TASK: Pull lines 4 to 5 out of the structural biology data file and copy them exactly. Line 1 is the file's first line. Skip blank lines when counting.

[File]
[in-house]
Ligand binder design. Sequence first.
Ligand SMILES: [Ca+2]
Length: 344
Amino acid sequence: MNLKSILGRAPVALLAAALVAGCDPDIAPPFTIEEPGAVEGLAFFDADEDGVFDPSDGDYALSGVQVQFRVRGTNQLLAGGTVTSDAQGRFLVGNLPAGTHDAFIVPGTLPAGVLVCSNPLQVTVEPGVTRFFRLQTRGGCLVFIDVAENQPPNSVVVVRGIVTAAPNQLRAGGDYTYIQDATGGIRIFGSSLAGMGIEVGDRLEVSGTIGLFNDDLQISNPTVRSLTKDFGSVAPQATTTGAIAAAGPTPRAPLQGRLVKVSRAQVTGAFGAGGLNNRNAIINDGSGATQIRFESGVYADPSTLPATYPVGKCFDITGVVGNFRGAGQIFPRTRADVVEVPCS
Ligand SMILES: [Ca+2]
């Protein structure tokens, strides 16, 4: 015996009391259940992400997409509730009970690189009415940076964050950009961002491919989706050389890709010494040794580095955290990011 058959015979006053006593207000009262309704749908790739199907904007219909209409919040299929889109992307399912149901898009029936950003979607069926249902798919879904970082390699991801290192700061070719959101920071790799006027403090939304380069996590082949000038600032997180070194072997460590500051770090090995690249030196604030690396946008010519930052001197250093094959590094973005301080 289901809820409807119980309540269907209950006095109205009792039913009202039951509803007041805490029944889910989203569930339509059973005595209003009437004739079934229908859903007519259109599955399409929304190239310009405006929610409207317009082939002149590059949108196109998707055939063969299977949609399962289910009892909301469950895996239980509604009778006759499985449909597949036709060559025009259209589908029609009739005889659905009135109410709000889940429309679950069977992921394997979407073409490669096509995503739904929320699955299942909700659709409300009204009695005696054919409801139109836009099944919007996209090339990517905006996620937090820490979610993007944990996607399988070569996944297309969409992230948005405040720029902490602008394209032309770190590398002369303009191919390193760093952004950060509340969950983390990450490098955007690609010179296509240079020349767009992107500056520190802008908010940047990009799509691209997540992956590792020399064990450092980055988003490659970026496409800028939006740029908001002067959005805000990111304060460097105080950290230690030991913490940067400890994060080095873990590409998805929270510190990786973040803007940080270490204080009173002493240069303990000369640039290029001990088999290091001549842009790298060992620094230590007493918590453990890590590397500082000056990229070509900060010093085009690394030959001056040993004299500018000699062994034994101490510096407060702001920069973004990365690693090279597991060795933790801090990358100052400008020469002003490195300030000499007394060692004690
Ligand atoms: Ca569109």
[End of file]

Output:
Length: 344
Amino acid sequence: MNLKSILGRAPVALLAAALVAGCDPDIAPPFTIEEPGAVEGLAFFDADEDGVFDPSDGDYALSGVQVQFRVRGTNQLLAGGTVTSDAQGRFLVGNLPAGTHDAFIVPGTLPAGVLVCSNPLQVTVEPGVTRFFRLQTRGGCLVFIDVAENQPPNSVVVVRGIVTAAPNQLRAGGDYTYIQDATGGIRIFGSSLAGMGIEVGDRLEVSGTIGLFNDDLQISNPTVRSLTKDFGSVAPQATTTGAIAAAGPTPRAPLQGRLVKVSRAQVTGAFGAGGLNNRNAIINDGSGATQIRFESGVYADPSTLPATYPVGKCFDITGVVGNFRGAGQIFPRTRADVVEVPCS